nLab modular form




A modular form is a holomorphic function on the upper half-plane that satisfies certain transformation property under the action of the modular group. Abstractly this transformation property makes the function a section of a certain line bundle on the quotient of the upper half plane that makes it the moduli stack of elliptic curves (over the complex numbers) or more generally a modular curve.

Modular forms are also often called classical automorphic forms, see below. As automorphic forms, they are related to Galois representations as part of the Langlands program.

Modular forms appear as the coefficient ring of the Witten genus on manifolds with rational string structure. For manifolds with actual string structure this refines to topological modular forms, which are the homotopy groups of the spectrum tmf.


In components


An (integral) modular form of weight ww is a holomorphic function on the upper half-plane

f:( 2) + f : (\mathbb{R}^2)_+ \hookrightarrow \mathbb{C}

(complex numbers with strictly positive imaginary part)

such that

  1. if A=(a b c d)SL 2()A = \left( \array{a & b \\ c& d}\right) \in SL_2(\mathbb{Z}) acting by A:τ=aτ+bcτ+dA : \tau \mapsto = \frac{a \tau + b }{c \tau + d} we have

    f(A(τ))=(cτ+d) wf(τ) f(A(\tau)) = (c \tau + d)^w f(\tau)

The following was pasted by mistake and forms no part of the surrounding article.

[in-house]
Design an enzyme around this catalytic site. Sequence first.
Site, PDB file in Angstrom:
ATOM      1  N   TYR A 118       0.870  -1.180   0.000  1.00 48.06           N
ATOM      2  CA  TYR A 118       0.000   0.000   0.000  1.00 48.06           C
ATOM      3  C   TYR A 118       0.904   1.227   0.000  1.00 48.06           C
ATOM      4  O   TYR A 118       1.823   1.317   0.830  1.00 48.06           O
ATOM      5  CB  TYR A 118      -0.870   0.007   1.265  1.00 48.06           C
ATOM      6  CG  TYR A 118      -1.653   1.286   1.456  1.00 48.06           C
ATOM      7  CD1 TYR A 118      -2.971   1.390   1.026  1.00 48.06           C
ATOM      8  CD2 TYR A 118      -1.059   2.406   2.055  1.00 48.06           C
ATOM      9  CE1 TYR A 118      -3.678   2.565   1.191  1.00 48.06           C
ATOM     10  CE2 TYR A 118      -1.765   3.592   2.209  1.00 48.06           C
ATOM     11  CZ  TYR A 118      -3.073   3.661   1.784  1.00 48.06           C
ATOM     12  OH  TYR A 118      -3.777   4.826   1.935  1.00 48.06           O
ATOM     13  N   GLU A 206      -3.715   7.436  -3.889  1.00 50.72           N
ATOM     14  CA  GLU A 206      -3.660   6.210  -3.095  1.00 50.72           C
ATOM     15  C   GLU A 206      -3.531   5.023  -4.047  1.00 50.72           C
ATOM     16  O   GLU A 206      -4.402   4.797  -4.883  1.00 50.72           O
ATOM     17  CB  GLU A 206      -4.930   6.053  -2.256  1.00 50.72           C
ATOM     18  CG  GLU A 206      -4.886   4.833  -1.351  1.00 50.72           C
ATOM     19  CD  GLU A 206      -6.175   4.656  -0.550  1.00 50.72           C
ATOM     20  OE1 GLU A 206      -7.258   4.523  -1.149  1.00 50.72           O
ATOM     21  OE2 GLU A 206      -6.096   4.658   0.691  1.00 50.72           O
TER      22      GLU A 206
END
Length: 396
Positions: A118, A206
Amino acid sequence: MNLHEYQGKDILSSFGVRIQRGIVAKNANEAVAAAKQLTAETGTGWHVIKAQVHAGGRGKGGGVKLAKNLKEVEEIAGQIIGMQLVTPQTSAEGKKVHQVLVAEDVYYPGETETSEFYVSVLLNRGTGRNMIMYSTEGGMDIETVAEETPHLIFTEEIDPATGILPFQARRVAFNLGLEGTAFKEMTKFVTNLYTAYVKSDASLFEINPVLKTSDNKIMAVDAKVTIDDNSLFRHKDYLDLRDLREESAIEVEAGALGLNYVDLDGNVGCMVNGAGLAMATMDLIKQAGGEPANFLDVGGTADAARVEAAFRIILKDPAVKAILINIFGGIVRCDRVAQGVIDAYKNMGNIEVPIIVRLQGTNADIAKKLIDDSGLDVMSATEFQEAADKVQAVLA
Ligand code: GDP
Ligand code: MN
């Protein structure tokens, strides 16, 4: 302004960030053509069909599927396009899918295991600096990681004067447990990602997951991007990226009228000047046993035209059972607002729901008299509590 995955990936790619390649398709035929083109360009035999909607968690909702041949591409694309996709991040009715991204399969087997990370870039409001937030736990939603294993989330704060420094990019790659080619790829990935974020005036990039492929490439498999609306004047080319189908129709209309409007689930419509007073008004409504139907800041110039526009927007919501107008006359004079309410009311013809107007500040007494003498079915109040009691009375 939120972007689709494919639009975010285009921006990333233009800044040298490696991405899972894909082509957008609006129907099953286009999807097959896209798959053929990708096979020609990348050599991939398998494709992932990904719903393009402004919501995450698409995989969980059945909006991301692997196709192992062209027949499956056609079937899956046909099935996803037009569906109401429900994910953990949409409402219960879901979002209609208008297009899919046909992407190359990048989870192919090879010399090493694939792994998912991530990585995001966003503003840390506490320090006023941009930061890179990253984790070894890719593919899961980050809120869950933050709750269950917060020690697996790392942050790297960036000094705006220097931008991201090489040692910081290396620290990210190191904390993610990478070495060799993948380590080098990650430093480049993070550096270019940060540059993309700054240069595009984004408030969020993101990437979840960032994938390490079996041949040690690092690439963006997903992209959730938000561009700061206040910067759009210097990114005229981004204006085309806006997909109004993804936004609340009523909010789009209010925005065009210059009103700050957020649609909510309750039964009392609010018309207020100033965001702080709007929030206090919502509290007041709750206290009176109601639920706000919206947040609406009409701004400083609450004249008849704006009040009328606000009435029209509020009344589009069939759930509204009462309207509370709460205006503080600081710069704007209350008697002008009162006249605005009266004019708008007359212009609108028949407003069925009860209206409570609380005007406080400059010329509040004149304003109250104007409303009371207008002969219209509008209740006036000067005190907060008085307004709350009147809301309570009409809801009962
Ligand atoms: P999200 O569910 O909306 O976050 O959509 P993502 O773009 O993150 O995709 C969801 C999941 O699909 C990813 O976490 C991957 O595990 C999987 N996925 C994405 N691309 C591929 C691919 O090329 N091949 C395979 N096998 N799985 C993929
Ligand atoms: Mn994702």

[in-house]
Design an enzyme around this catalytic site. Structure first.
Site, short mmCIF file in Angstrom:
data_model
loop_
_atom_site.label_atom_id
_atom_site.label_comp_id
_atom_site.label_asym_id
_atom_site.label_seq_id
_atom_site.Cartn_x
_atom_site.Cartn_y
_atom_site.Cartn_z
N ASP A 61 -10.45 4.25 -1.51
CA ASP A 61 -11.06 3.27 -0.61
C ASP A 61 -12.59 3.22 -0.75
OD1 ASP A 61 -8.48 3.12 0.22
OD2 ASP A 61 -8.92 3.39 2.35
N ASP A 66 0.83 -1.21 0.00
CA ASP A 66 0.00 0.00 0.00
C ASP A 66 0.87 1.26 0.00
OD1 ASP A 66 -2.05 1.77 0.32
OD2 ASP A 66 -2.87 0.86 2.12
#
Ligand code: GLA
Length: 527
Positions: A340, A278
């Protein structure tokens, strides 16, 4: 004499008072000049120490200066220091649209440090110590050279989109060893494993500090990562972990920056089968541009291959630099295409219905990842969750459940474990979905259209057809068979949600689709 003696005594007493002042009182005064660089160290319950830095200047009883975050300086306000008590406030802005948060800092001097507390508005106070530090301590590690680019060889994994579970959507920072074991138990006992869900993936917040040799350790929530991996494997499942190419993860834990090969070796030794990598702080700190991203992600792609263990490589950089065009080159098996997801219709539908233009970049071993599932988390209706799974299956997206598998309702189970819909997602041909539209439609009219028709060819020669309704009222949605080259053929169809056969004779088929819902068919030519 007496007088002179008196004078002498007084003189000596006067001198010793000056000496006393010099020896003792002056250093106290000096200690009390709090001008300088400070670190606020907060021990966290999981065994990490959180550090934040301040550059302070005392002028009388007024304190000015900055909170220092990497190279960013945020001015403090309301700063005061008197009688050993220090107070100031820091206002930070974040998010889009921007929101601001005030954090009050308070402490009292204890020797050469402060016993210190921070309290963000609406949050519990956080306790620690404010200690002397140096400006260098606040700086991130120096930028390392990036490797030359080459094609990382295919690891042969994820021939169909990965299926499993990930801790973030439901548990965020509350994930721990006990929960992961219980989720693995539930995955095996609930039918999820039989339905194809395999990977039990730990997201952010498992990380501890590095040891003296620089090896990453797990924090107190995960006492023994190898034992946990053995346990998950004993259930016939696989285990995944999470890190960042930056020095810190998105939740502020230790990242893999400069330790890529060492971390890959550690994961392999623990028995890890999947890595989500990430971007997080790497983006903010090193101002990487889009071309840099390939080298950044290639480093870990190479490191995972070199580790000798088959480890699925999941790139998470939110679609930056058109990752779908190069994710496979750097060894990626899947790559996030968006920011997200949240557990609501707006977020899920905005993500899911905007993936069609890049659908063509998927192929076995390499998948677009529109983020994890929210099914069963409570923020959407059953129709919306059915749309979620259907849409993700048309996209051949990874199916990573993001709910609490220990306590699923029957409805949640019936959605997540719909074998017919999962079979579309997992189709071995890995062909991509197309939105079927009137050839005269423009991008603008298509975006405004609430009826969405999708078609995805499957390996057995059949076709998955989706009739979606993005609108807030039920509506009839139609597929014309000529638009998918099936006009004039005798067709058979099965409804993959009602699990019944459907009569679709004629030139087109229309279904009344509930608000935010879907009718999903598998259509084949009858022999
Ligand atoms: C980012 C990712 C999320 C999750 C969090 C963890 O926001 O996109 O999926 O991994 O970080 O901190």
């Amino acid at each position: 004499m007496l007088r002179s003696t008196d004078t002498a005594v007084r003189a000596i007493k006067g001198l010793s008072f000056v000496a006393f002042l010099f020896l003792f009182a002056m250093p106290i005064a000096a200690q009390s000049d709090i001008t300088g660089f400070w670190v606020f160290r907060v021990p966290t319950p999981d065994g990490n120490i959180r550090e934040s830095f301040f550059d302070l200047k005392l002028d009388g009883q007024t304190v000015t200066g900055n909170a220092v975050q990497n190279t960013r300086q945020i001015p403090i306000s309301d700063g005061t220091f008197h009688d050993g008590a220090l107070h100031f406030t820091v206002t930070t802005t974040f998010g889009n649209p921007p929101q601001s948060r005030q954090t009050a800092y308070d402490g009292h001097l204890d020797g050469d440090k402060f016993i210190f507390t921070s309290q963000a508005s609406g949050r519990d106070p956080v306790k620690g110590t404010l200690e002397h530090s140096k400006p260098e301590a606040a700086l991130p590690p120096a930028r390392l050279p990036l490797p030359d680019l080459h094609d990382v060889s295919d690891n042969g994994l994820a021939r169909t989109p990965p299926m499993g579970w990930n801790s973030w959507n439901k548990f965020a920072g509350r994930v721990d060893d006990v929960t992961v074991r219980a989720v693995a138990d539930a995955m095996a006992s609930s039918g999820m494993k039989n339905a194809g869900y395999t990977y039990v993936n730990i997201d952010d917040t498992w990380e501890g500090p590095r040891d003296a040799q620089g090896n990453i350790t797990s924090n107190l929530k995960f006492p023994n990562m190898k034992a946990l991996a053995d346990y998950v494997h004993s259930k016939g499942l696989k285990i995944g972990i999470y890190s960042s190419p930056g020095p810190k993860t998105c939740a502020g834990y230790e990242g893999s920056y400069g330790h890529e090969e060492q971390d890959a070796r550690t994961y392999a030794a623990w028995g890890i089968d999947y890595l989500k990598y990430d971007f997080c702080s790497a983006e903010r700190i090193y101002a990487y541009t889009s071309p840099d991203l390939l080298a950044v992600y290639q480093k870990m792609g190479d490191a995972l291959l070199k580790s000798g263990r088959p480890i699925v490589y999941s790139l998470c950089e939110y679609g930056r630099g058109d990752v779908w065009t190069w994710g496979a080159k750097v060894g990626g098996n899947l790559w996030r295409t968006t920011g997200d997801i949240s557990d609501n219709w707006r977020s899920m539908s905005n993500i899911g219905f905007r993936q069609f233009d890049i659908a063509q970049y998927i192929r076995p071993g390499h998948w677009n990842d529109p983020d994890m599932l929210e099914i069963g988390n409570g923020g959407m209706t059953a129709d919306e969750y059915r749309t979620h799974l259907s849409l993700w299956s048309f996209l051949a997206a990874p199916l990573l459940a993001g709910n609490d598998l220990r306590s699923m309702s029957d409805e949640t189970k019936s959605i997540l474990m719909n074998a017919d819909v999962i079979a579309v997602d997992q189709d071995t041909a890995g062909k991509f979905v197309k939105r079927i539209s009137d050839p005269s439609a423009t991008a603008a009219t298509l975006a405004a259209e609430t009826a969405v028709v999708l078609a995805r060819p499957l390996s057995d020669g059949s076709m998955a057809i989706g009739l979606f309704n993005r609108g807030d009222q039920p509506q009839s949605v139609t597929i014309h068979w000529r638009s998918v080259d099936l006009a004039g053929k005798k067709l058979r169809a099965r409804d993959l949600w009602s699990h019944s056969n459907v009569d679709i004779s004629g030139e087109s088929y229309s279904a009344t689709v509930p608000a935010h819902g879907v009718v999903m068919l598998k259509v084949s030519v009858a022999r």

(notice that for A=(1 1 0 1)A = \left( \array{1 & 1 \\ 0& 1}\right) then f(τ+1)=f(τ)f(\tau + 1) = f(\tau))

  2. ff has at worst a pole at {0}\{0\} (for weak modular forms this condition is relaxed)

    it follows that f=f(q)f = f(q) with q=e 2πiτq = e^{2 \pi i \tau} is a meromorphic funtion on the open disk.

  3. integrality f˜(q)= k=N a kq k\tilde f(q) = \sum_{k = -N}^\infty a_k \cdot q^k then a ka_k \in \mathbb{Z}

More generally there is such a definition for SL(2,)SL(2,\mathbb{Z}) replaced by any other arithmetic subgroup ΓSL(2,)\Gamma \subset SL(2,\mathbb{R}) (e.g. Litt, def.1), giving modular forms on modular curves?.

As functions on lattices

The reference for this definition is Calegari13.

A modular form ff of weight kk over \mathbb{C} is a function on lattices Λ=+τ\Lambda=\mathbb{Z}+\tau\mathbb{Z}\subset \mathbb{C} such that

  1. f(+τ)f(\mathbb{Z}+\tau\mathbb{Z}) is holomorphic as a function of τ\tau

  2. f(μΛ)=μ kf(\mu \Lambda)=\mu^{-k} for all μ ×\mu\in\mathbb{C}^{\times}

  3. f(+τ)f(\mathbb{Z}+\tau\mathbb{Z}) is bounded as τi\tau\to i\infty.

If f(+τ)0f(\mathbb{Z}+\tau\mathbb{Z})\to 0 as τi\tau\to i\infty, we say that ff is a cusp form.

As functions on elliptic curves together with a choice of differential